A couple years ago, Dave Morgan wrote one of the best thought pieces on the future of the newspaper business in his Mediapost column. Essentially his observation was that newspapers are an outdated vertical integration, and that to survive, smart papers would disaggregate into 5 separate companies and run each one as a separate business, taking on a new life unshackled from the newspaper: local ad sales (they could own that franchise for the Yelps and Yodles of the world), local content (who better to syndicate local content?), local distribution (no other companies drop something on every doorstep every day), printing (still a business that requires scale), and digital. It’s just a brilliant idea.
And it’s a shame none of them followed his advice, since they’re all going out of business now.
What occurred to me this week as I’m soaking in the goodness that is my new Amazon Kindle is that while newspapers may need to disaggregate to stay alive, Amazon is slowly amassing a strategy of very clever vertical integration that could well fuel its growth for decades to come.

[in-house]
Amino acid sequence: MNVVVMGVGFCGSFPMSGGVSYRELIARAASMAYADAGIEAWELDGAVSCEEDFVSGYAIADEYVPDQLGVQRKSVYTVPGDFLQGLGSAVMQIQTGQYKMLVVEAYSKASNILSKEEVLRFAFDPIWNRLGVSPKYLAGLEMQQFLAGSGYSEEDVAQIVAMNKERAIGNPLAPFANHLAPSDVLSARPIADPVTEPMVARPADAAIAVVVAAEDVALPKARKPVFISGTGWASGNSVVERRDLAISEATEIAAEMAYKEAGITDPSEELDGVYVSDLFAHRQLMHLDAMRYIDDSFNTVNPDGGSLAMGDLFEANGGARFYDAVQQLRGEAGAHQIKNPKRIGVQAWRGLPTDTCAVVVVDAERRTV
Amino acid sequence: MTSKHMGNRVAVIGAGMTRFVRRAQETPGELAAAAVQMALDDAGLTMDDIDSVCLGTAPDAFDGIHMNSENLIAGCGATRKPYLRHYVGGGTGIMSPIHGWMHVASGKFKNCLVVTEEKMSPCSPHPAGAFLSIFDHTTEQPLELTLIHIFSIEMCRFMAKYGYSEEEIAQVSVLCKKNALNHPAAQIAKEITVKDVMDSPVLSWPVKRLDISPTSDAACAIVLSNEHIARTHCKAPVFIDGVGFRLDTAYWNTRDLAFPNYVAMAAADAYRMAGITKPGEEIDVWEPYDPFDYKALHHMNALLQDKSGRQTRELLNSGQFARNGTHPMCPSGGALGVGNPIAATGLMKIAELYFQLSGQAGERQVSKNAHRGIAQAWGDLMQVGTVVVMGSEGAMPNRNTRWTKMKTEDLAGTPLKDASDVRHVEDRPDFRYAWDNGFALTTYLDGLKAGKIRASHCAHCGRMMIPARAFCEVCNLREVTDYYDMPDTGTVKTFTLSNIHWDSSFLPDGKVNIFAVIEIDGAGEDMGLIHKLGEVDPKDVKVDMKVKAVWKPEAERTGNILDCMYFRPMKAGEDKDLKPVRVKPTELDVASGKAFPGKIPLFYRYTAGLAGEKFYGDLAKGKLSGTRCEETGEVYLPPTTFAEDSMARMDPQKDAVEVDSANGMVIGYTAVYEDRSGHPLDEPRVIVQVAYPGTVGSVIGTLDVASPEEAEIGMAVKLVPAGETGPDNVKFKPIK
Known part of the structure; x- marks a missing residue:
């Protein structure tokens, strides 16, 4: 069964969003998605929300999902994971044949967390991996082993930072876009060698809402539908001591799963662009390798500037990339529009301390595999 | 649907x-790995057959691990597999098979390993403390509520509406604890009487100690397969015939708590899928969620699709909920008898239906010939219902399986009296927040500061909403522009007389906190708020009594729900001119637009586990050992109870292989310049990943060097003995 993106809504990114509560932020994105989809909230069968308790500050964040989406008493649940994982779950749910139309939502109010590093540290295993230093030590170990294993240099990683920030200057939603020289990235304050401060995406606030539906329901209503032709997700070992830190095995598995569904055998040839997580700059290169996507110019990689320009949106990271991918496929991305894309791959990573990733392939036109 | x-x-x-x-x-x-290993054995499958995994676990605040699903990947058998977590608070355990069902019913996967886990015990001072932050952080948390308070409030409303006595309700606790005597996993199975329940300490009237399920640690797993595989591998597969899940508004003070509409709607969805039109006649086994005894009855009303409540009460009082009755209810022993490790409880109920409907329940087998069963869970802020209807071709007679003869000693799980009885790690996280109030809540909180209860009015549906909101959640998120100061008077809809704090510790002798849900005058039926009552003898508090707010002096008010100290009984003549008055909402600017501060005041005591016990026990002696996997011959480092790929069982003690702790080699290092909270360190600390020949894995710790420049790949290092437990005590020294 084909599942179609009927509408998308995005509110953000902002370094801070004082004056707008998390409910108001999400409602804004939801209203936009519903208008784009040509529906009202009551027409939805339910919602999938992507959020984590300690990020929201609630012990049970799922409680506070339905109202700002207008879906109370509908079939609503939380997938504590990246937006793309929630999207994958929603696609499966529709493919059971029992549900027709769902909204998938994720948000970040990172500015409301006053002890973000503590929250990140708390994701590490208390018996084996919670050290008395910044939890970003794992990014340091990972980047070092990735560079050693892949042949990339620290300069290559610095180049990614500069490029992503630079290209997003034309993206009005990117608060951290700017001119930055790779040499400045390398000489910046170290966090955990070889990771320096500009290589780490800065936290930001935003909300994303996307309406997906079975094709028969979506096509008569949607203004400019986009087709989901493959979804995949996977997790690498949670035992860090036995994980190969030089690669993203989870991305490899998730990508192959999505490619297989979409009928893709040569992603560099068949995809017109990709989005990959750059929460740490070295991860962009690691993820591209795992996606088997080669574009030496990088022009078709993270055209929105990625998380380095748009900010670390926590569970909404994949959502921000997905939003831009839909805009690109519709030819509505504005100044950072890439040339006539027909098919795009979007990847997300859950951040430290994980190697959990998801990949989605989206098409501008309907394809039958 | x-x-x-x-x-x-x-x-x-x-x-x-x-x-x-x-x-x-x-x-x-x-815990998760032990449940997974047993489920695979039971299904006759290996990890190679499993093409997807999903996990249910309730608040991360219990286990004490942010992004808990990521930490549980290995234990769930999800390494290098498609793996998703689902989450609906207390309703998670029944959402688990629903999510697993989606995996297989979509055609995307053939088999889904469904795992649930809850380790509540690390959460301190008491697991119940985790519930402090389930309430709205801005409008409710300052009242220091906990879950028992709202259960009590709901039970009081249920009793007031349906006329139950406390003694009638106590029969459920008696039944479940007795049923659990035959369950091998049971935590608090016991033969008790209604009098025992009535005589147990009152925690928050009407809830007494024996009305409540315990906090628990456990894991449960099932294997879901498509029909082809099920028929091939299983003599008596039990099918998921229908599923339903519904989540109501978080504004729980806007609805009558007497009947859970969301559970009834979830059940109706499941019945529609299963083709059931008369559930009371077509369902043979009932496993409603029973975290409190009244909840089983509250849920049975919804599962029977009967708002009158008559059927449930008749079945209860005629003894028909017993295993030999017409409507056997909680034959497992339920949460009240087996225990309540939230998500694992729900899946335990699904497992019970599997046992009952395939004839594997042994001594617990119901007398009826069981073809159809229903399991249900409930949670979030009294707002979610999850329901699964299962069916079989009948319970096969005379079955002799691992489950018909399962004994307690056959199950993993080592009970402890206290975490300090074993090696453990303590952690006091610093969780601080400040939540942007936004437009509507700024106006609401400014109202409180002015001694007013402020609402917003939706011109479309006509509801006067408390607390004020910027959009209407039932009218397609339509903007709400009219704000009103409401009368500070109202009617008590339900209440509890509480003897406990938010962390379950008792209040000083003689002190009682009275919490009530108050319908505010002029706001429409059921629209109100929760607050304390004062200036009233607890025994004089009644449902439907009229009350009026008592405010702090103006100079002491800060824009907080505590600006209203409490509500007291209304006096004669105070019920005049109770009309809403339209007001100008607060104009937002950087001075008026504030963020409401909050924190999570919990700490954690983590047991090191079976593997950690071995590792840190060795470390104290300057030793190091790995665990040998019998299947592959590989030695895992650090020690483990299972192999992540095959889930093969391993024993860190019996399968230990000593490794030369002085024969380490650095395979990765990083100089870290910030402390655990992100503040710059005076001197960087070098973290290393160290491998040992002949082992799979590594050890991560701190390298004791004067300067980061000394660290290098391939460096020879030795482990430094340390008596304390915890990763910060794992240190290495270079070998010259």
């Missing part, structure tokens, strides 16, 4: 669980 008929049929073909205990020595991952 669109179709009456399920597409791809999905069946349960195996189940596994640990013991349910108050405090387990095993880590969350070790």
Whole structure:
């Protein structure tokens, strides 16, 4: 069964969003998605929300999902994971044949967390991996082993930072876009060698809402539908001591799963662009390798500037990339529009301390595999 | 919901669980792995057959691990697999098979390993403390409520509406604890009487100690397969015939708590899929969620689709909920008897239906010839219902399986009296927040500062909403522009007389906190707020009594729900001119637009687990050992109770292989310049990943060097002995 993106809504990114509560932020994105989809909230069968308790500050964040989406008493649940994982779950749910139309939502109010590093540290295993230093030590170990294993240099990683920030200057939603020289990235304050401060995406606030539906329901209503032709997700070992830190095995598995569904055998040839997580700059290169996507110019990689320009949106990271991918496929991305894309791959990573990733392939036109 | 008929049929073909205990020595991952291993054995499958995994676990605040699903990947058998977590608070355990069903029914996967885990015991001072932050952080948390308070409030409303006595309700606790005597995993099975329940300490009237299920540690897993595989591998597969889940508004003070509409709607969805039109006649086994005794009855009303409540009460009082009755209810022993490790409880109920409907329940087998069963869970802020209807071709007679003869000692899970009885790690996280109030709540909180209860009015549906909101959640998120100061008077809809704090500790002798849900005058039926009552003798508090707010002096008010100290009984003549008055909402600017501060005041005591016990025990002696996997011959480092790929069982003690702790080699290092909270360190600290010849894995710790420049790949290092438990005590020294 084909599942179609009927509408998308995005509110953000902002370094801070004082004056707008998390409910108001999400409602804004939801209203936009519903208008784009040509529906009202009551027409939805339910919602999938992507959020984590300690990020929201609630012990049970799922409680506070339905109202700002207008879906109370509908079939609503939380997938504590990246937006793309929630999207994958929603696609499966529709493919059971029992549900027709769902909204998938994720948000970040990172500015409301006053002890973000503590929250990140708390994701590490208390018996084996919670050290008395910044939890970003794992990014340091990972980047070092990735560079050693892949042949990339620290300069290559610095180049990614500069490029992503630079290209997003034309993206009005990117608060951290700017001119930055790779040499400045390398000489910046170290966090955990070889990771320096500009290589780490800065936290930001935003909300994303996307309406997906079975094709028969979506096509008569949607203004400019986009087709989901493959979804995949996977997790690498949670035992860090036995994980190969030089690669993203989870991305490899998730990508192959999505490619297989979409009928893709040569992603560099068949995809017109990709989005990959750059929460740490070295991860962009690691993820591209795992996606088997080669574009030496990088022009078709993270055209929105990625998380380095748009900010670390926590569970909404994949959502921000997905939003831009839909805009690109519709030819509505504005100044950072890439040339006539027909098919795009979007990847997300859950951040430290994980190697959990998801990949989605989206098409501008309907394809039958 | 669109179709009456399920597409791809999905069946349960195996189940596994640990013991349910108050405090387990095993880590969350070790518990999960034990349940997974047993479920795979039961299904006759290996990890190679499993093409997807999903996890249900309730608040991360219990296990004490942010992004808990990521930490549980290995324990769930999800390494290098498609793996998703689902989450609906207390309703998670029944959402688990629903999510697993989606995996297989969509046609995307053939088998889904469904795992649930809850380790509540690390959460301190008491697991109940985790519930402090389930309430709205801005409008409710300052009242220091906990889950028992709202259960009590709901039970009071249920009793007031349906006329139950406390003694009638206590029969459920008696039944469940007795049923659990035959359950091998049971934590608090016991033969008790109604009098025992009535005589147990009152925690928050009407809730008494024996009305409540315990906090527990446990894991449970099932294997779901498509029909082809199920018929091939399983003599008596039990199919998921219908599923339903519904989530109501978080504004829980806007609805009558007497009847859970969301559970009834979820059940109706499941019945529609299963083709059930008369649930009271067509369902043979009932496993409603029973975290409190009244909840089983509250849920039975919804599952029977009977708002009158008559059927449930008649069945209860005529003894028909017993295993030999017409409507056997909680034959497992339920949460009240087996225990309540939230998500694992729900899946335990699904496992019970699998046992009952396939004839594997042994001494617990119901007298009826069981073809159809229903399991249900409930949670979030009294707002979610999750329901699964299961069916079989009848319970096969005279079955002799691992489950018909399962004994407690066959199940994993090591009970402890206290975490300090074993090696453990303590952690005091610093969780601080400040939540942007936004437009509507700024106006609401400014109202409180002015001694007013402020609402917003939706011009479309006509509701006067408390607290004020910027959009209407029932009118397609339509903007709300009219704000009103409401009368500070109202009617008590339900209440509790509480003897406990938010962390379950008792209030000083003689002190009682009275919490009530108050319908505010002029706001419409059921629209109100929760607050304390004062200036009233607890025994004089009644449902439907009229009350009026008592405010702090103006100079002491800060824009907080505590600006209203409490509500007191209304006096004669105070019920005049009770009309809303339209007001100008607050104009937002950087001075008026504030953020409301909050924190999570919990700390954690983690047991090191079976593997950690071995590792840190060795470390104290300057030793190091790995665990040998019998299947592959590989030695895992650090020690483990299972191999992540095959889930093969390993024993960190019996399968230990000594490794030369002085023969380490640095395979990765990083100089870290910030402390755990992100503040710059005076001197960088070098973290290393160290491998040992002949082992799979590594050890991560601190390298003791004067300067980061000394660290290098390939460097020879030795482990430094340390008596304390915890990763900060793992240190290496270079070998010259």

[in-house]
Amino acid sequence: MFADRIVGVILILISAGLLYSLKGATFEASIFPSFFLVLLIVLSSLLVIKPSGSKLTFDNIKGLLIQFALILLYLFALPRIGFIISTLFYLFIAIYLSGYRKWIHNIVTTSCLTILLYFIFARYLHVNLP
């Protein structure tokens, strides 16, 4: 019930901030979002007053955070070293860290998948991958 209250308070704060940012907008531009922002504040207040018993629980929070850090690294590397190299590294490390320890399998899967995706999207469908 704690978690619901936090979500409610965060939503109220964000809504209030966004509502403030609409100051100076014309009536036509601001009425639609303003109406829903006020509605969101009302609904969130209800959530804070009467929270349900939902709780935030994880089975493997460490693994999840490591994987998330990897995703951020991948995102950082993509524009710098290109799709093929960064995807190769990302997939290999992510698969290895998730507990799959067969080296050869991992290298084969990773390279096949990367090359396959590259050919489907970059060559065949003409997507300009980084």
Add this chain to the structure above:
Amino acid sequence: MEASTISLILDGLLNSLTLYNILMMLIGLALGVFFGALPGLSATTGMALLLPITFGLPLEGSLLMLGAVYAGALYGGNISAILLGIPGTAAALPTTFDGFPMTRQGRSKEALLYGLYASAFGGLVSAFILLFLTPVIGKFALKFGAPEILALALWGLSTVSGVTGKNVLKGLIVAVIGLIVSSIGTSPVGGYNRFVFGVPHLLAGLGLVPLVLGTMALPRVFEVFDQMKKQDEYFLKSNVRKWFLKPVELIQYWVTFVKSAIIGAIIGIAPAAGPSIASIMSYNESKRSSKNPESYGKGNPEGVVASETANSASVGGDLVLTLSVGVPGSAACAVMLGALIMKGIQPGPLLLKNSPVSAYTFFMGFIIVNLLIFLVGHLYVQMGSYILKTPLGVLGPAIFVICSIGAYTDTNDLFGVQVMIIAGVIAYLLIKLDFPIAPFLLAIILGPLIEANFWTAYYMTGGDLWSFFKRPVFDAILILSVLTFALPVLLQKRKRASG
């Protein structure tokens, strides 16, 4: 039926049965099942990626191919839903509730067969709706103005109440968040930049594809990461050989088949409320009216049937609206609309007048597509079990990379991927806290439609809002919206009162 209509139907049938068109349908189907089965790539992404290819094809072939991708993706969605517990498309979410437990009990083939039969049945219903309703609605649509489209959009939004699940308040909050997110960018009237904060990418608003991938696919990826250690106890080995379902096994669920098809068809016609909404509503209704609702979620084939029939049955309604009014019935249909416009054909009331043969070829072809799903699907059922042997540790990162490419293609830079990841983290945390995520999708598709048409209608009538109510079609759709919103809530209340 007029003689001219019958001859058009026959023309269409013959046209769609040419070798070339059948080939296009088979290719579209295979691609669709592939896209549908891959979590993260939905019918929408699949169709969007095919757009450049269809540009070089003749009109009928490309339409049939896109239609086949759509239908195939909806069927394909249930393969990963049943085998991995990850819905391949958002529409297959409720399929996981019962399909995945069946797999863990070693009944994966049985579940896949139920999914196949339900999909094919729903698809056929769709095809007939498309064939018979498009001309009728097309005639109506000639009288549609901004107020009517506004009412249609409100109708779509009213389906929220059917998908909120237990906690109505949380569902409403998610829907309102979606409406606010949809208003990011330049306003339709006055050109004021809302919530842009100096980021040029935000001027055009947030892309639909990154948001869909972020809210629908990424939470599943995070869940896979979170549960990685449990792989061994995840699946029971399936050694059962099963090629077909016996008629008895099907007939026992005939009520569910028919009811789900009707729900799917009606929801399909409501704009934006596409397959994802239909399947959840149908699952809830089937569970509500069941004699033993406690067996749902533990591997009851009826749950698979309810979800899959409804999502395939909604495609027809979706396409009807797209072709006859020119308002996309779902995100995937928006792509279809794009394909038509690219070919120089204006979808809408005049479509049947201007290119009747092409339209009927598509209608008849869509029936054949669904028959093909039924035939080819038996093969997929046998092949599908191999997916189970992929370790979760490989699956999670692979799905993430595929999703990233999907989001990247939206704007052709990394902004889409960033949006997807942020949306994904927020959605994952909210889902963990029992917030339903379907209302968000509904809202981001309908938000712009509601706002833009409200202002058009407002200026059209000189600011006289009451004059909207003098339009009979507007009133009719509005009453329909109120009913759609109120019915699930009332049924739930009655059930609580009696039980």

The Kindle is brilliant vertical integration — it’s the device, the distribution, and the retail model all in one. And if Amazon is smart, eventually once they have enough market share, they’ll just start doing deals directly with authors and cut out the publishing industry altogether and own the content as well. They can hit both the long tail (with publishing and distribution costs approaching zero, the risk associated with signing a new untested writer for a revenue share deal are nil) as well as the head (cool place to release your newest book if you’re, say, Steven King). And at that point, they’ll have a model that should produce an enormous amount of profit for them.
It’s interesting to look at these two situations in parallel — the transition of old media to new media, with one set of losers and a winner, where winning strategies are polar opposites.